I'm a staff engineer working at Google, where I work on file systems and storage. I've worked on the Linux kernel since 1991, and am probably the first Linux Kernel developer in North America. I organize the annual Linux Kernel Summit, which brings together the top 75 Linux Kernel Developers in the world every year. I am often involved with the Linux, Storage, File System, and MM Summit. For more information, please see the Linux Foundation Events Page.
I previously worked at MIT in Information Systems, where I used to be the development team leader for Kerberos. Before that, I also was a member of the Network Operations Group.
I used to be quite active in the Internet Engineering Task Force, having previously served on the IETF's Security Area Directorate. I also served as the co-chairs of the ONC RPC and IP Security working groups, and as one of the sergeant-at-arms for the IETF mailing list. Unfortunately I don't have time to be very active in the IETF these days.
Although I'm primarily a Unix and Linux developer, I have also done a lot of work on many other platforms, including Windows/Windows NT, and the Macintosh. I've collected a set of software which I consider invaluable for making Windows programming a little bit more civilized.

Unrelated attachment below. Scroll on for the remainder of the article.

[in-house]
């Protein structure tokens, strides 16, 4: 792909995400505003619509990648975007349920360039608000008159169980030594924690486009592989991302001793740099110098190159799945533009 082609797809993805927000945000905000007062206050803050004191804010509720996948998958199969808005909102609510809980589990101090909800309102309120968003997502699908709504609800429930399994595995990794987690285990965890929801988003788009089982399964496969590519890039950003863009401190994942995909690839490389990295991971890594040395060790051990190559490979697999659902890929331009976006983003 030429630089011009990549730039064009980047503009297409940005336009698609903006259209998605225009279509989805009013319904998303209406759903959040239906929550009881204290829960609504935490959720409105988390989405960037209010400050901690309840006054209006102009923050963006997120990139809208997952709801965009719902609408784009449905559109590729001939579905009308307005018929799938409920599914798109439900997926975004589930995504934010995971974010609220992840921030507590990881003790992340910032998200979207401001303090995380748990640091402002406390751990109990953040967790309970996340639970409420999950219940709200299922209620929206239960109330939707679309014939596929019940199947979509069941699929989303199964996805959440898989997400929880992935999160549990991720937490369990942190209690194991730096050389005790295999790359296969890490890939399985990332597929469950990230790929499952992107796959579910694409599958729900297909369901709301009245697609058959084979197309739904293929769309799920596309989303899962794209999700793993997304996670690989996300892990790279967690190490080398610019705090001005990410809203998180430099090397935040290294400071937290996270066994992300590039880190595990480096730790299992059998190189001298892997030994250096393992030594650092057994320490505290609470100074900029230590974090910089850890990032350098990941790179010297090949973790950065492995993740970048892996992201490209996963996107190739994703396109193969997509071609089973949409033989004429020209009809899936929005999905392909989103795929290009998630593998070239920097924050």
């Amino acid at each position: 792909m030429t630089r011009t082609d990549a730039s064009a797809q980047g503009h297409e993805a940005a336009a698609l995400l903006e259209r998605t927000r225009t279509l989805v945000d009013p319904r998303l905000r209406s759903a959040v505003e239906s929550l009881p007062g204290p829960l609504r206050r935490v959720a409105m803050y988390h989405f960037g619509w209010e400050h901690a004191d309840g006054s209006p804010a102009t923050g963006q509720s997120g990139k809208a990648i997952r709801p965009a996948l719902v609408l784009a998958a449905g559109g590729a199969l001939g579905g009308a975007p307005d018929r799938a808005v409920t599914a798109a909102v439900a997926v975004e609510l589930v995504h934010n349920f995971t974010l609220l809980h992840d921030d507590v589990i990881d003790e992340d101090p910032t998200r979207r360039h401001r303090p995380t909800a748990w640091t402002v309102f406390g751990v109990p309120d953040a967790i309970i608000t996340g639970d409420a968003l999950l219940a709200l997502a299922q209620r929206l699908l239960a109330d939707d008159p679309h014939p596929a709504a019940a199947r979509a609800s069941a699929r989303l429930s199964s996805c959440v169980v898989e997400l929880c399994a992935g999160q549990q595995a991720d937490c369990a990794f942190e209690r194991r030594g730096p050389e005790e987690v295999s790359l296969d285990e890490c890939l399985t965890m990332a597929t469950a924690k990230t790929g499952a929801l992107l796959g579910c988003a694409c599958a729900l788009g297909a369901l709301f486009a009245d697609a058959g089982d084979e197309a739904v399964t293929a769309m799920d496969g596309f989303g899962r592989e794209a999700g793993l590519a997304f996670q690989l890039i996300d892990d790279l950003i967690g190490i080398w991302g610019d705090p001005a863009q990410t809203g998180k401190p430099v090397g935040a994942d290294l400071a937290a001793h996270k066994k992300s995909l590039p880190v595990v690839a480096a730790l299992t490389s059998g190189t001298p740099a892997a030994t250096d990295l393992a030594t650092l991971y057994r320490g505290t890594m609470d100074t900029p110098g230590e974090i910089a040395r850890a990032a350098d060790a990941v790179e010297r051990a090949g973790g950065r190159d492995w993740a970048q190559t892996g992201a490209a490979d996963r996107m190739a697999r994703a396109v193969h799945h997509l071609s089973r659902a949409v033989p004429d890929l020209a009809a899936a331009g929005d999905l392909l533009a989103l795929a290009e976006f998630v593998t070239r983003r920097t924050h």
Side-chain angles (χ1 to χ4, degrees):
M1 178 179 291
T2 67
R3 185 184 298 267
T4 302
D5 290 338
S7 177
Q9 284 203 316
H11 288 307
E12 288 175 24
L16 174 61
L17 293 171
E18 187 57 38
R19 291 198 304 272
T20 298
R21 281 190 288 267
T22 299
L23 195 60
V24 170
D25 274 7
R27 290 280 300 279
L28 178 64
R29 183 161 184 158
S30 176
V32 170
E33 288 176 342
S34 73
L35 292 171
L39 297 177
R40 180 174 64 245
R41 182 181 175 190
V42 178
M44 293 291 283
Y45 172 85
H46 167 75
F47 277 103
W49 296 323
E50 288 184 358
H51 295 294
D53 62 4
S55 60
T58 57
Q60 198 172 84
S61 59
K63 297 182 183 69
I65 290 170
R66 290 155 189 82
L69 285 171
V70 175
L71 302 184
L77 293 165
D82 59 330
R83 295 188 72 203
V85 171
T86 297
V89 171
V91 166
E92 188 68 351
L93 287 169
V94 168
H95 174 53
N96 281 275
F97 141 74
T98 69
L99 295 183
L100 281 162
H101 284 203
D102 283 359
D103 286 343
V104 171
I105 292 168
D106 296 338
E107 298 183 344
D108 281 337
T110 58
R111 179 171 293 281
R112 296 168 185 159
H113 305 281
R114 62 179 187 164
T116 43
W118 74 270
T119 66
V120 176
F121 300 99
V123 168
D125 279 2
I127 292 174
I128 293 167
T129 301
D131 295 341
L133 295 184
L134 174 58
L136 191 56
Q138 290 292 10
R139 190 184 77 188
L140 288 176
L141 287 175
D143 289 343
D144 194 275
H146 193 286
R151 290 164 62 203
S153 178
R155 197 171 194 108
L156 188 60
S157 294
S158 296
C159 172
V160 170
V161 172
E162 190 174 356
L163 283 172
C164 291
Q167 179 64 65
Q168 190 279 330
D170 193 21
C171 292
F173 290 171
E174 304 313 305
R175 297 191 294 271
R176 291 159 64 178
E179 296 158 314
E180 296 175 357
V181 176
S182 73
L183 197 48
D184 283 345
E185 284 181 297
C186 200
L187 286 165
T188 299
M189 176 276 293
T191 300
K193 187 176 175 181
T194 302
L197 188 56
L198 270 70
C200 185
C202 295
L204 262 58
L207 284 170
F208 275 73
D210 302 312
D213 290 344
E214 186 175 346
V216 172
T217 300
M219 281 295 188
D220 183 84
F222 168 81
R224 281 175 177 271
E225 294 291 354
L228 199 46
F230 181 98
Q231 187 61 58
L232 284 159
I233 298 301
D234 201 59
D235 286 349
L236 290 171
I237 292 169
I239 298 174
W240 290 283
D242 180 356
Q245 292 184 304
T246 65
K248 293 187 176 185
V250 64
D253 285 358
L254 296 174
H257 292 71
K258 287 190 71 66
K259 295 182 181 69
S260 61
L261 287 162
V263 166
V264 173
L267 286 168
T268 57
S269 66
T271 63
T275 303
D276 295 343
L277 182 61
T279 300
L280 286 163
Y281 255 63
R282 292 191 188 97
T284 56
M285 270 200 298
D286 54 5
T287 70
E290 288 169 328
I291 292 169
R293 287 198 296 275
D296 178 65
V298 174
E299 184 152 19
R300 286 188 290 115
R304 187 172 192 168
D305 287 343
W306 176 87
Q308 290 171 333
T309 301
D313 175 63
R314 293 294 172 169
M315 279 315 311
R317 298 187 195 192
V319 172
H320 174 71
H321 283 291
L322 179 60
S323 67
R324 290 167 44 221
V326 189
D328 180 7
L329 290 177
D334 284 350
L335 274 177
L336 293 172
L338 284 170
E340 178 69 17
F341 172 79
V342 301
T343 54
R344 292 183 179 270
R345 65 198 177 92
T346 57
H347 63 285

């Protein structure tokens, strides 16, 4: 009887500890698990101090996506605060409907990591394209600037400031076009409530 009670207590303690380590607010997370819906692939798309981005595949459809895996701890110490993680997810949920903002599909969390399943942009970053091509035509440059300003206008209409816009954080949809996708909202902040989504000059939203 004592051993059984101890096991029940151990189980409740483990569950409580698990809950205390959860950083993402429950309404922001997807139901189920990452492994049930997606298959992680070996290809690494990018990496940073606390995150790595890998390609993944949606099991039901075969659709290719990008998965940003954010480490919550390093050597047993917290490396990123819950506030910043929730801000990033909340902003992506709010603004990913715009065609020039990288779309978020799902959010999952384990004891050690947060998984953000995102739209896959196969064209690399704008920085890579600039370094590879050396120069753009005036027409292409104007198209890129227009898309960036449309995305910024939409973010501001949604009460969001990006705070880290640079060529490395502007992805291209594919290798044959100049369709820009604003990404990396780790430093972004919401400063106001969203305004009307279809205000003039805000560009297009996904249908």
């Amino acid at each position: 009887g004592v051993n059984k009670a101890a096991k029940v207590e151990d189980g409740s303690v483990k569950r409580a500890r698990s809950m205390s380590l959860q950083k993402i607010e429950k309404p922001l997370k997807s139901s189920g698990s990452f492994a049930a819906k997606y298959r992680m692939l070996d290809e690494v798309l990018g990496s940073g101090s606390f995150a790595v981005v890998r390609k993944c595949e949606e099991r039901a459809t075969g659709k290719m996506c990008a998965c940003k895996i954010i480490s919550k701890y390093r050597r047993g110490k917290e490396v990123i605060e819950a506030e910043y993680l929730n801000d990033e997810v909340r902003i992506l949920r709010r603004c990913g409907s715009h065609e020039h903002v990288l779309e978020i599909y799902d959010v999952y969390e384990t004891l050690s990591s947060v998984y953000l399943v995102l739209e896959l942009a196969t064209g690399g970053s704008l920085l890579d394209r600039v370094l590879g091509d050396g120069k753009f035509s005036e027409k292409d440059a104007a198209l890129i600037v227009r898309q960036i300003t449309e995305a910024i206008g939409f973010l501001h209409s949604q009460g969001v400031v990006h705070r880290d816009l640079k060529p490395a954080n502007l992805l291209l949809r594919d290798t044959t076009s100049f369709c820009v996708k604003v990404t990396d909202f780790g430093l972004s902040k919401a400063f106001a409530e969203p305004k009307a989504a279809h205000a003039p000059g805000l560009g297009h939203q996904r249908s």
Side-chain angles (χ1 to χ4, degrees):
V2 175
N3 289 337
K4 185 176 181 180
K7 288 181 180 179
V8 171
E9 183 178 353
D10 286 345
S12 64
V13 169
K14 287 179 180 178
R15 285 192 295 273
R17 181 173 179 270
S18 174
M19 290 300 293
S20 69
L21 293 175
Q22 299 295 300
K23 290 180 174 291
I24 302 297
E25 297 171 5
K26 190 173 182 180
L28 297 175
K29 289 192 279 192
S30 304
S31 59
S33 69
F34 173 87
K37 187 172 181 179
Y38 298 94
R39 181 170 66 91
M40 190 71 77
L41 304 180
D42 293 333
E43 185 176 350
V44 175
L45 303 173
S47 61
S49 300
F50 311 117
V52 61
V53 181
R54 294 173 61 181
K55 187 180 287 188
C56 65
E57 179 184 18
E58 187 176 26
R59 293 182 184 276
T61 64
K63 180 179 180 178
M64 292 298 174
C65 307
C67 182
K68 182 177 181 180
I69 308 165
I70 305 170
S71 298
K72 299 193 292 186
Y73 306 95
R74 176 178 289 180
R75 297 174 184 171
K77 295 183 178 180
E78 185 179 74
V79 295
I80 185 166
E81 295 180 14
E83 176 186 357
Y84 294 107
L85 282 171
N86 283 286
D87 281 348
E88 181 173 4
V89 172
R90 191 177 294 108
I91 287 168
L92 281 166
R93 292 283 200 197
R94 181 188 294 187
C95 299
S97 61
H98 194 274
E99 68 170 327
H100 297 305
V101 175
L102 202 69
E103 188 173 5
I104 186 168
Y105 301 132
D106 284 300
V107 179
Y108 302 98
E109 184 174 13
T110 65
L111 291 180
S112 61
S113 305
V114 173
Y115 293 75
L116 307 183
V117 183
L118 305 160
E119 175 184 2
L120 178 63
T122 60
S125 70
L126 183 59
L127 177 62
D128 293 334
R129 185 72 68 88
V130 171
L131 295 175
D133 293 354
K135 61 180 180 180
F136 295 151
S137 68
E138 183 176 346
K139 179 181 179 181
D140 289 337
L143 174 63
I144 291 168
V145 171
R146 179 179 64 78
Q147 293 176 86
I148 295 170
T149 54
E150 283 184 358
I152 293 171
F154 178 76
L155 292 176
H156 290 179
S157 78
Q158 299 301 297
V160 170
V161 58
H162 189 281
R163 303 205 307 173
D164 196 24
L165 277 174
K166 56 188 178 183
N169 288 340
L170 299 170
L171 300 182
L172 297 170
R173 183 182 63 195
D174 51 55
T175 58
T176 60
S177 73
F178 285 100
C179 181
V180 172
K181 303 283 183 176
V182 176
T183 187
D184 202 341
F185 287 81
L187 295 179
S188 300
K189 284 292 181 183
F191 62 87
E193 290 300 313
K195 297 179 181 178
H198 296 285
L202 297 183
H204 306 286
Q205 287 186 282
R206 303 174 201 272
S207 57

I graduated from MIT in 1990, with a degree in Computer Science. While I was an undergraduate, I spent a lot of time with many various different student activities, including:
I currently attend Church of Our Savior, an Episcopal Church in East Arlington. I sing in the choir, and currently serve on the vestry (which roughly speaking, is the the governing board as far as business decisions are concerned for the parish).
I have a number of hobbies; in particular, I enjoy cooking and bicycling. I also spend a lot of time doing "recreational computing", including spending a lot of time hacking on Linux. I currently use a Dell XPS 13, but in the past I've spent a lot of time making older thinkpads work on Linux.
Although I'm normally not very scruffy-looking, playing with a Van de Graph generator can be an electrifying experience.
Here's a list of interesting places that I've found on the Web...